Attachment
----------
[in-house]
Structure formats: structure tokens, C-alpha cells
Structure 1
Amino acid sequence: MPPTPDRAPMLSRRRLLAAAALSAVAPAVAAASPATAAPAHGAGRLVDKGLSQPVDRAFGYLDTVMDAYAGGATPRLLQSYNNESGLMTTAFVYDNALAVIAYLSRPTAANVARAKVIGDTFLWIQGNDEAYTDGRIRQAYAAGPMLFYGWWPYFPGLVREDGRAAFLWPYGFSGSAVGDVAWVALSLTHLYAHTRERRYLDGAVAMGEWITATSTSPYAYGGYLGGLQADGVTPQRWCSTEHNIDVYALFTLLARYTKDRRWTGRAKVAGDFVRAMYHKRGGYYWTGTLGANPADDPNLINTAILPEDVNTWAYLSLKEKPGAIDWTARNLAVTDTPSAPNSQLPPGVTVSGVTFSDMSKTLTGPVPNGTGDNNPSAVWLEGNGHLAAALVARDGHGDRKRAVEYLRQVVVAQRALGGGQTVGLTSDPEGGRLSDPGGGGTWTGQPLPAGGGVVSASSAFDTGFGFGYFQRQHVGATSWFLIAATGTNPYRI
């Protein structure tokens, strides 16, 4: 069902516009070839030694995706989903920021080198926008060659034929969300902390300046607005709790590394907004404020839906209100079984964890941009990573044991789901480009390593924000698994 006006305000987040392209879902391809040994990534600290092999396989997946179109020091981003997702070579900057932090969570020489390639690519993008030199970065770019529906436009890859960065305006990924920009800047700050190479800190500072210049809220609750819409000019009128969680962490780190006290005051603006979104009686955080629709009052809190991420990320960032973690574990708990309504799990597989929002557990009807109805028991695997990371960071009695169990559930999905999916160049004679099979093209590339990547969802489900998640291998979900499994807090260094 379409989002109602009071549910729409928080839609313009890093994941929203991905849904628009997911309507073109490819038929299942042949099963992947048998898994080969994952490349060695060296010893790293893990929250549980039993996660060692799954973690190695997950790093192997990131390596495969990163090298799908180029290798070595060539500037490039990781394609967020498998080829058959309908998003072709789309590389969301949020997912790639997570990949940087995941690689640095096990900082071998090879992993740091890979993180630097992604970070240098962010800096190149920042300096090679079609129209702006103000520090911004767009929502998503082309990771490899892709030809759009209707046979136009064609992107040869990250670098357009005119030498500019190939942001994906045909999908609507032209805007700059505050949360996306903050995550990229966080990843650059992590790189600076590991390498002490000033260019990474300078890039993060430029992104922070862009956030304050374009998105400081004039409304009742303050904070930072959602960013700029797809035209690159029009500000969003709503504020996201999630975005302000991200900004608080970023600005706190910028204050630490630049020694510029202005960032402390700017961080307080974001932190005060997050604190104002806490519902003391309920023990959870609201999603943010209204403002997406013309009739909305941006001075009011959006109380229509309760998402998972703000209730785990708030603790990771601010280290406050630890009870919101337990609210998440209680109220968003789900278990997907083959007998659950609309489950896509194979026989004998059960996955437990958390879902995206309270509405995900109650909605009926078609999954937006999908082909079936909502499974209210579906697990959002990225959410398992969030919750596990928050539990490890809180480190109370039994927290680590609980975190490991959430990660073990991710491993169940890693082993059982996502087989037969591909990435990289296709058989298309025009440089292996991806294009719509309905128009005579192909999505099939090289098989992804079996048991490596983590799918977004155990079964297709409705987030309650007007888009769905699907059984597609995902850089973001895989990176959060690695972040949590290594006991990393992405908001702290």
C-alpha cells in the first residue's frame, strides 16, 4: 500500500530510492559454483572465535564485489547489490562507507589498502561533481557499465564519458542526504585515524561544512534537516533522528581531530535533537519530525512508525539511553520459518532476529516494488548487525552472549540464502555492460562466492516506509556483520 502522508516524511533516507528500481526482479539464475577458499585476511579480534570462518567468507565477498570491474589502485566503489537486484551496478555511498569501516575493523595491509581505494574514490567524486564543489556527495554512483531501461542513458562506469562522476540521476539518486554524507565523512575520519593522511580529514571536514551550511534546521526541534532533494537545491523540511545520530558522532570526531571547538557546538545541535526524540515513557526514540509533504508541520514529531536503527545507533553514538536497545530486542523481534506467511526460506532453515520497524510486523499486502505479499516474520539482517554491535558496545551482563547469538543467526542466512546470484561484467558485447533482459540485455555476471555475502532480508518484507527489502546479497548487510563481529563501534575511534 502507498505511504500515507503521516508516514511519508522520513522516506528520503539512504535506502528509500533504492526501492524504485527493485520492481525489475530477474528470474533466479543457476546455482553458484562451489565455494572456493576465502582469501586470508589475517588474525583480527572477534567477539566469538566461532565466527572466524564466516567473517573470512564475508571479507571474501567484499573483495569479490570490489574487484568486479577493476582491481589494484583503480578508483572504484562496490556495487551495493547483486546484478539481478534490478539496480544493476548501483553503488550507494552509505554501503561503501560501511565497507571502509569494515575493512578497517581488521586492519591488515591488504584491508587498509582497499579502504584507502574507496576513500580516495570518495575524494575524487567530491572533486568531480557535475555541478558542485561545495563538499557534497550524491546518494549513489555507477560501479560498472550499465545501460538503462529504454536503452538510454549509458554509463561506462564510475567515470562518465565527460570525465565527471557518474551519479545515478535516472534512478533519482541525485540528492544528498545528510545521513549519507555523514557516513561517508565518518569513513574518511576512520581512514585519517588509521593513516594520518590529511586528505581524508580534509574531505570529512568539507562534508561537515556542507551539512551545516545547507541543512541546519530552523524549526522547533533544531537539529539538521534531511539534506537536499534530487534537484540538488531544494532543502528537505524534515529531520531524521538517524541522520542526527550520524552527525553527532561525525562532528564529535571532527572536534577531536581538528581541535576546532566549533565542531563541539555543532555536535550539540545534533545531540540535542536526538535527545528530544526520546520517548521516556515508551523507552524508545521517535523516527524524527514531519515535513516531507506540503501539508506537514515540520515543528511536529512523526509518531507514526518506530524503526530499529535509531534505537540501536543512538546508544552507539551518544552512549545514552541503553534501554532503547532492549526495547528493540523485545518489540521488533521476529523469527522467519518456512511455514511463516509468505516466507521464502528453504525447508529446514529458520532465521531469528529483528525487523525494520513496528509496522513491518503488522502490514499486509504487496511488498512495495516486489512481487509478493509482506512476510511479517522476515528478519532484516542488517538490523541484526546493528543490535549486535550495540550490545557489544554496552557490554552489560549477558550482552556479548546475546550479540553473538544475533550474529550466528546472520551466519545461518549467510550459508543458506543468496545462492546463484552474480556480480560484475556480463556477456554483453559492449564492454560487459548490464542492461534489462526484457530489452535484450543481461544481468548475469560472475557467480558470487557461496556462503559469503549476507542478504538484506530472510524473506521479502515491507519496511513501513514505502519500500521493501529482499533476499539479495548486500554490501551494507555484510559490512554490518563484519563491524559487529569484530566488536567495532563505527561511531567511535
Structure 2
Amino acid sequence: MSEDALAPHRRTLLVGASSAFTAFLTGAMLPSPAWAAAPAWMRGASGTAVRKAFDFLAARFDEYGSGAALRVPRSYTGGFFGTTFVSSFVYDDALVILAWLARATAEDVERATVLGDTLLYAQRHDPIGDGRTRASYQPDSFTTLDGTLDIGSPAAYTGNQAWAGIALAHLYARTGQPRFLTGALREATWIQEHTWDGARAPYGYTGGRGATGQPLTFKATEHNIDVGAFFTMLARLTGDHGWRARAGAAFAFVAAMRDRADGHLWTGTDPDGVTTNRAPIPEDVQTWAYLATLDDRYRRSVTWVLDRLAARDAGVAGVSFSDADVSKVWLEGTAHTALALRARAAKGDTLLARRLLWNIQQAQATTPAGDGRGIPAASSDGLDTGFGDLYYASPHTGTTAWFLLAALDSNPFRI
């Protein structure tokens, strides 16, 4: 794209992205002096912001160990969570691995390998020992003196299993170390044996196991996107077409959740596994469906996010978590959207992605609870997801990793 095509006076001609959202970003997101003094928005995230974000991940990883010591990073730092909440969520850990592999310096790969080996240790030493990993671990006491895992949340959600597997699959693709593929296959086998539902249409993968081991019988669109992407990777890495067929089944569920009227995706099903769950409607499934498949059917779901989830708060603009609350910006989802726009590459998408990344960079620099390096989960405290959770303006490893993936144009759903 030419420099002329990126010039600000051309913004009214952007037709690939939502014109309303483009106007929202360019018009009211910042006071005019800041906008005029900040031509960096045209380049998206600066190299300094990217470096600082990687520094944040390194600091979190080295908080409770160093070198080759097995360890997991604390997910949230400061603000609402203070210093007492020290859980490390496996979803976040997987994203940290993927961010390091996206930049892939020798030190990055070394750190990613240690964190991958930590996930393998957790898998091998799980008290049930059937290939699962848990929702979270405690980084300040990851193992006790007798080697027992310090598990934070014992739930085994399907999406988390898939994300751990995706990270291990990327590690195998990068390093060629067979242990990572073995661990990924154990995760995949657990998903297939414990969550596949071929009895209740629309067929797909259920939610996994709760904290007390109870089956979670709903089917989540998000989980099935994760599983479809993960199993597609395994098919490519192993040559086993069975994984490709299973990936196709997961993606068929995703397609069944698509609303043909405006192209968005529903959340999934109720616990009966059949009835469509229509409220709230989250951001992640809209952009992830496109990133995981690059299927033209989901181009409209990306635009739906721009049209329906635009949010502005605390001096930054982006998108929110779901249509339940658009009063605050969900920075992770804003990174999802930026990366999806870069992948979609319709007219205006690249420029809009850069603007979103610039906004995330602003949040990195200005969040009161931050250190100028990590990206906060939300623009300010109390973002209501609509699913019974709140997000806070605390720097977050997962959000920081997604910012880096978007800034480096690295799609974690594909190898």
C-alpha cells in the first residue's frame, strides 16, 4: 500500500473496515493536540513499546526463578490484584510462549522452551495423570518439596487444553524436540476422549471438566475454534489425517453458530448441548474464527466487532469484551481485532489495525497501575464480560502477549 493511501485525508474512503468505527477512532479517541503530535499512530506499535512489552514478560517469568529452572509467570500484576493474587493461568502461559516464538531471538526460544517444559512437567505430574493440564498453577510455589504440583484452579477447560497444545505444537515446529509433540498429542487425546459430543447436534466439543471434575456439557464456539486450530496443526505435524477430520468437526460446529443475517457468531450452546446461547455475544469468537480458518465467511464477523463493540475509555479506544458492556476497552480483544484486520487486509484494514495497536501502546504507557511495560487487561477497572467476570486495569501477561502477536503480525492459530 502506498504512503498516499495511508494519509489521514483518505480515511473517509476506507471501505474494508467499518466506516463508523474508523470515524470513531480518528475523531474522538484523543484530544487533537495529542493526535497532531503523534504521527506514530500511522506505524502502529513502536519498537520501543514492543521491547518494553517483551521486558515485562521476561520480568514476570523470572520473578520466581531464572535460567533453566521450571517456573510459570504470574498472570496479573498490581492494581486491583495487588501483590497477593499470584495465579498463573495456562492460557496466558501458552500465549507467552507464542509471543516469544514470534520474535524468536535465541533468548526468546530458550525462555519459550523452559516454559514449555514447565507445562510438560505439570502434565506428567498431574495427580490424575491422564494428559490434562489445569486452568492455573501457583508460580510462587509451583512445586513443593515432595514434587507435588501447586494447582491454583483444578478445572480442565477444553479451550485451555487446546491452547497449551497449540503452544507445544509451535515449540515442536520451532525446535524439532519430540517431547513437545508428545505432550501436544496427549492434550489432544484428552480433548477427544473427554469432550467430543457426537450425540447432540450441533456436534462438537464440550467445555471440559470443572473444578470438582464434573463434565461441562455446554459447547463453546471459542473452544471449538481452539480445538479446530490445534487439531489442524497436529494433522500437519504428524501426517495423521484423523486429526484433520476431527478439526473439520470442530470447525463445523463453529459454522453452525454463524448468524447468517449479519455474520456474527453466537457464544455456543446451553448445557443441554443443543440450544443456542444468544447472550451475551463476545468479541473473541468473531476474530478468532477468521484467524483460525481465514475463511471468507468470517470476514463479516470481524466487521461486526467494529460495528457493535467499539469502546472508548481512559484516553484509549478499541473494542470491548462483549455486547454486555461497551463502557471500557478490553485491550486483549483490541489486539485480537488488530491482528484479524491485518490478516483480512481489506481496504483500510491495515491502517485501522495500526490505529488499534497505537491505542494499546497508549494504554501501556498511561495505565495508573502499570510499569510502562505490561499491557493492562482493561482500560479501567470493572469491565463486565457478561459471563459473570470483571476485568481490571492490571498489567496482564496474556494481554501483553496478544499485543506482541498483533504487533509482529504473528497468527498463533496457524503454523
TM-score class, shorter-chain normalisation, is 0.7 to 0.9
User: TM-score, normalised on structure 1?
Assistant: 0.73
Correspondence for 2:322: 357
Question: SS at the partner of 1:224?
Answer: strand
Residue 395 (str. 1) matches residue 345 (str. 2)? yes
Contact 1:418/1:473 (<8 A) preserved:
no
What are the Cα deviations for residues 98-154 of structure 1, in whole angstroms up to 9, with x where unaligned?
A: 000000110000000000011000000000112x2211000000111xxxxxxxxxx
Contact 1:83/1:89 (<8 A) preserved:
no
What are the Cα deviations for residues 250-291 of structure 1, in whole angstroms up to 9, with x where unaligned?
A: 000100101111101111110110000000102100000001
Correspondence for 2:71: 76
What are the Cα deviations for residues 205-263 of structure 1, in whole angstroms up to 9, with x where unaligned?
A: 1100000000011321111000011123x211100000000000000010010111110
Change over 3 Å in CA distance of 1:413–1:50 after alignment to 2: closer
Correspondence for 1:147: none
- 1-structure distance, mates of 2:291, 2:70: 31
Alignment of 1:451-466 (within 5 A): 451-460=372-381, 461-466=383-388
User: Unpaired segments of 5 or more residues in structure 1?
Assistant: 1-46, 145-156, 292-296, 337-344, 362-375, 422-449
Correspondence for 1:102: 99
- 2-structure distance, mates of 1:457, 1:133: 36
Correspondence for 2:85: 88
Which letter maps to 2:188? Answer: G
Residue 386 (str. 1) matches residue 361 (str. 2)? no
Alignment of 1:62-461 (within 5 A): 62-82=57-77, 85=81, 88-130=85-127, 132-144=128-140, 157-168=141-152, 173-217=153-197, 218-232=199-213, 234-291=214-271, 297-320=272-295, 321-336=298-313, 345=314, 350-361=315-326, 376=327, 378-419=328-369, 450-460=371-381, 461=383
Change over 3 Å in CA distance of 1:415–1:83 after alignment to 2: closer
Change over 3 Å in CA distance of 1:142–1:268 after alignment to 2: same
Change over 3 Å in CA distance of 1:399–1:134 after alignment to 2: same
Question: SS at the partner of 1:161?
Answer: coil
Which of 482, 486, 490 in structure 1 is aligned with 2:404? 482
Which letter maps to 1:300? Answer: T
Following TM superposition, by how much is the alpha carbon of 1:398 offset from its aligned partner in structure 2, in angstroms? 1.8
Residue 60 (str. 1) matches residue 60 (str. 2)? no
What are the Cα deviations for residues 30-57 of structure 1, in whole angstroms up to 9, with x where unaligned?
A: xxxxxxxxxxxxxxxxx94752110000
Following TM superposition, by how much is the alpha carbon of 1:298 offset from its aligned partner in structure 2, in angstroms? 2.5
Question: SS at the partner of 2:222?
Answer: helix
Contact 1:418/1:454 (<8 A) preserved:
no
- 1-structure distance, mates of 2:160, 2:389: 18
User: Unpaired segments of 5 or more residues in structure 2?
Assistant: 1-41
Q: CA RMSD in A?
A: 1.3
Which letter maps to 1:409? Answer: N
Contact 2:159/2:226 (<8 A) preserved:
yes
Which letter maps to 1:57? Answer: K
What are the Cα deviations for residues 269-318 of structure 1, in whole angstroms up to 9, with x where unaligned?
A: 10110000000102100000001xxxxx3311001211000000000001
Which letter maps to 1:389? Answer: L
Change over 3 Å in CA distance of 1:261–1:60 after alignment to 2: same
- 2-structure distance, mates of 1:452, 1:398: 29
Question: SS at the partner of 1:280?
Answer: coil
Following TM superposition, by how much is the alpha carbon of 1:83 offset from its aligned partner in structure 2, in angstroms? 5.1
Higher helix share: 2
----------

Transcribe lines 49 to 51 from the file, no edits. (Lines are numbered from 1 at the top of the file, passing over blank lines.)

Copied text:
Residue 60 (str. 1) matches residue 60 (str. 2)? no
What are the Cα deviations for residues 30-57 of structure 1, in whole angstroms up to 9, with x where unaligned?
A: xxxxxxxxxxxxxxxxx94752110000